Poet Jane Hirshfield said "... the feeling I have about poem-writing (is) that it is always an exploration, of discovering something I didn't already know.  Who I am shifts from moment to moment, year to year.  What I can perceive does as well.  A new poem peers into mystery, into whatever lies just beyond the edge of knowable ground."

I bring a different poem to the writing classes each week, not only to inspire but to introduce new poets to the group members.

New Year Poem by May Sarton

Let us step outside for a moment
As the sun breaks through clouds
And shines on wet new fallen snow,
And breathe the new air.
So much has died that had to die this year.

We are dying away from things.
It is a necessity—we have to do it
Or we shall be buried under the magazines,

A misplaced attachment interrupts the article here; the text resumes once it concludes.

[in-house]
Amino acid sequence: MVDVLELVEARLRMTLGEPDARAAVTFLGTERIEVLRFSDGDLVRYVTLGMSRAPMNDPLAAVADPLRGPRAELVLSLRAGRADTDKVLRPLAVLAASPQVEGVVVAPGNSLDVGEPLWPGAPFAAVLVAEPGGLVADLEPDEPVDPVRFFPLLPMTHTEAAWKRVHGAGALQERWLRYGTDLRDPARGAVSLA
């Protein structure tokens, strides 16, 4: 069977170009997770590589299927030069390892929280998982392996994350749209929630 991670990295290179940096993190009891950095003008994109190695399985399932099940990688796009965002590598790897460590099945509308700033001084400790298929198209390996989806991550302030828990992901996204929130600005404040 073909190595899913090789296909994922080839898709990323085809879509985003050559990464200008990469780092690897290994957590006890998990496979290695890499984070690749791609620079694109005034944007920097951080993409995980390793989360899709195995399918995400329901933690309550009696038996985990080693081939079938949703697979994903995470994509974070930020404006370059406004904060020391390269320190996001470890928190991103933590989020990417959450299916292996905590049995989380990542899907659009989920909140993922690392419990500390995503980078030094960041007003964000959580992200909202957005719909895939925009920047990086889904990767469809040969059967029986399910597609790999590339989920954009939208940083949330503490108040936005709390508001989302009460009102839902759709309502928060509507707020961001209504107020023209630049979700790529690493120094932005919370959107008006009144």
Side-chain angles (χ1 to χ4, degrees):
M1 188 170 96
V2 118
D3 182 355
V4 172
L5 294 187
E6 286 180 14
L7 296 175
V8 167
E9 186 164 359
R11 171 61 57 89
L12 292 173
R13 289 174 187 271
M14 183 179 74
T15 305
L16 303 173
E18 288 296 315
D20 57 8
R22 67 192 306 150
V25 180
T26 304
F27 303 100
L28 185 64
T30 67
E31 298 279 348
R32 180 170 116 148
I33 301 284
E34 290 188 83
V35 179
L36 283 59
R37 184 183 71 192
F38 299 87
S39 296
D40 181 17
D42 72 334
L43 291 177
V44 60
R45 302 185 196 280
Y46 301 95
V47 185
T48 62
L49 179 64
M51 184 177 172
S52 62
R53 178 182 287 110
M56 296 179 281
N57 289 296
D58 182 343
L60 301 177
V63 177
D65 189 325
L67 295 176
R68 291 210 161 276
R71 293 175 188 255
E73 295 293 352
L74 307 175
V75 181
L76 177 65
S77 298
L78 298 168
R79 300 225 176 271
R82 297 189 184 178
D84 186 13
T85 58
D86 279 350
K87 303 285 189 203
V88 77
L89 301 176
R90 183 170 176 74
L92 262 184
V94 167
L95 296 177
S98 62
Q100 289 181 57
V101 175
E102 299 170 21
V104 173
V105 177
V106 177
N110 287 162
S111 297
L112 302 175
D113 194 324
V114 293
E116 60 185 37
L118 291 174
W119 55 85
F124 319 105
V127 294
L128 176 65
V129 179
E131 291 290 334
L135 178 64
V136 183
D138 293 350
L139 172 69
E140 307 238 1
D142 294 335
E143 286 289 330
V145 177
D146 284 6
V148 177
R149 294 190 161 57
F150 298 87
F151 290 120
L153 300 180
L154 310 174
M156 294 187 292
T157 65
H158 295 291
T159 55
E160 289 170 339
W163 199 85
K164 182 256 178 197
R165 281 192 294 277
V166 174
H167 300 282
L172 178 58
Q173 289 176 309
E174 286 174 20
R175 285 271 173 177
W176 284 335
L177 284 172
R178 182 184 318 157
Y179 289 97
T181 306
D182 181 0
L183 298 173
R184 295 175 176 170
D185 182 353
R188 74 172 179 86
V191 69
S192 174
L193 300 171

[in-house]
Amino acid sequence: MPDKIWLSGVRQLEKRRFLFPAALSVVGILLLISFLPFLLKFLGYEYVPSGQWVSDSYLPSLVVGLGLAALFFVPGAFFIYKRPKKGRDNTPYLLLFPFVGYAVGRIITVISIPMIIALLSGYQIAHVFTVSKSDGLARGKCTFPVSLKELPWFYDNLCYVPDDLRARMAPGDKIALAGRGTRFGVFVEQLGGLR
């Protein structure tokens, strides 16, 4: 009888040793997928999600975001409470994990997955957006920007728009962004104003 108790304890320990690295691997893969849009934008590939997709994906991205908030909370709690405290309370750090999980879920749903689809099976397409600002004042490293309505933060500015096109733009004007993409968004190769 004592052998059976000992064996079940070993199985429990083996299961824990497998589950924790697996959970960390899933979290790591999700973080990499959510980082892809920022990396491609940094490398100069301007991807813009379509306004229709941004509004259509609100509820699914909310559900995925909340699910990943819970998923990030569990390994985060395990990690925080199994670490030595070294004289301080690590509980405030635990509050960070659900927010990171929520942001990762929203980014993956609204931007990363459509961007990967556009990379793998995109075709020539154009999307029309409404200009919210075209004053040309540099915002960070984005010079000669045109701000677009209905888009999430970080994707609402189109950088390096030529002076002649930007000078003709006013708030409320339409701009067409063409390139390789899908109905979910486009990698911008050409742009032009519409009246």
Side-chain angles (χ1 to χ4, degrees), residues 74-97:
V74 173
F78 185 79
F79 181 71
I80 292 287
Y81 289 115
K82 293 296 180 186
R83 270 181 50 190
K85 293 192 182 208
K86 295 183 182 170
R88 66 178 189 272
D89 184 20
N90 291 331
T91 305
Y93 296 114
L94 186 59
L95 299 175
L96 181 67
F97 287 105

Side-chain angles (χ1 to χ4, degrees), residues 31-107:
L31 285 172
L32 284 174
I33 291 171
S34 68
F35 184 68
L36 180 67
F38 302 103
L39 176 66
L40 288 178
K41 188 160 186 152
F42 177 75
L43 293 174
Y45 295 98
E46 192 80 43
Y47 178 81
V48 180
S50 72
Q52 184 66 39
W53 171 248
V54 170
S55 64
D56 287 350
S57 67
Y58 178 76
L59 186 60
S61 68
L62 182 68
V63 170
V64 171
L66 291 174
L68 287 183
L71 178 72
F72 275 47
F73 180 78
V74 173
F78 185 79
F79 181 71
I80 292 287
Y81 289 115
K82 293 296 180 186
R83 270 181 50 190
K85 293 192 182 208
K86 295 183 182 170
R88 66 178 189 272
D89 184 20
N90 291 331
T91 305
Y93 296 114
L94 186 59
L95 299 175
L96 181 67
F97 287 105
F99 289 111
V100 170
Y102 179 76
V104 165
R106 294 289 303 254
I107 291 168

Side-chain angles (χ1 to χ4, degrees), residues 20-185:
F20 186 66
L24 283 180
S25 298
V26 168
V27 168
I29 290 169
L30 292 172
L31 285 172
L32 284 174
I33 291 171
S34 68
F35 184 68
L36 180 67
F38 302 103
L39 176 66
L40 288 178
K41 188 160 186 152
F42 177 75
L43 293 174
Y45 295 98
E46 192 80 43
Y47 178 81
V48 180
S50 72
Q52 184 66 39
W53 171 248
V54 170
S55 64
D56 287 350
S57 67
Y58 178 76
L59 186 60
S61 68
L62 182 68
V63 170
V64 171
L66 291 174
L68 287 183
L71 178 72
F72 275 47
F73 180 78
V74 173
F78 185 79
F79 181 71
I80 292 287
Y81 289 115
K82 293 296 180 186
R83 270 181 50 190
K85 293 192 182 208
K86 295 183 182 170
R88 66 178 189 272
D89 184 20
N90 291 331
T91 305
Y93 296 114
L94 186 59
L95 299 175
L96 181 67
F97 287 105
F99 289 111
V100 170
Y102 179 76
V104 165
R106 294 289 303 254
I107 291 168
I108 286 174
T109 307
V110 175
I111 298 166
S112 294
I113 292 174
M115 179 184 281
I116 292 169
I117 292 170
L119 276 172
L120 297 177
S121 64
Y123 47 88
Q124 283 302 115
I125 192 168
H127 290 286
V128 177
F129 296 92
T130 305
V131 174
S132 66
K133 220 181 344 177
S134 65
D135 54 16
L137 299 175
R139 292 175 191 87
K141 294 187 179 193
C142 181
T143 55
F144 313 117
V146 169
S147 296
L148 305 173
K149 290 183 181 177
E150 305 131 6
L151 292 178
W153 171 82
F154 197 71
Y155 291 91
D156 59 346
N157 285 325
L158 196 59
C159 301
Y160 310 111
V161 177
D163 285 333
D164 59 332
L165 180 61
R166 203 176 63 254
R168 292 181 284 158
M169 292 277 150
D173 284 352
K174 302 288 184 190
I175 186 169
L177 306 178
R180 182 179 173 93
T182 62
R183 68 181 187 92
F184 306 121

The too many clothes, the too much food.
We have dragged it all around
Like dung beetles
Who drag piles of dung
Behind them on which to feed,
In which to lay their eggs.

Let us step outside for a moment
Among ocean, clouds, a white field,
Islands floating in the distance.
They have always been there.
But we have not been there.

We are going to drive slowly
And see the small poor farms,
The lovely shapes of leafless trees
Their shadows blue on the snow.
We are going to learn the sharp edge
Of perception after a day’s fast.

There is nothing to fear.
About this revolution…
Though it will change our minds.
Aggression, violence, machismo
Are fading from us
Like old photographs
Faintly ridiculous
(Did a man actually step like a goose
To instill fear?
Does a boy have to kill
To become a man?)

Already there are signs.
Young people plant gardens.
Fathers change their babies’ diapers
And are learning to cook.

Let us step outside for a moment.
It is all there
Only we have been slow to arrive
At a way of seeing it.
Unless the gentle inherit the earth
There will be no earth.

~ from Collected Poems (Norton, 1993)


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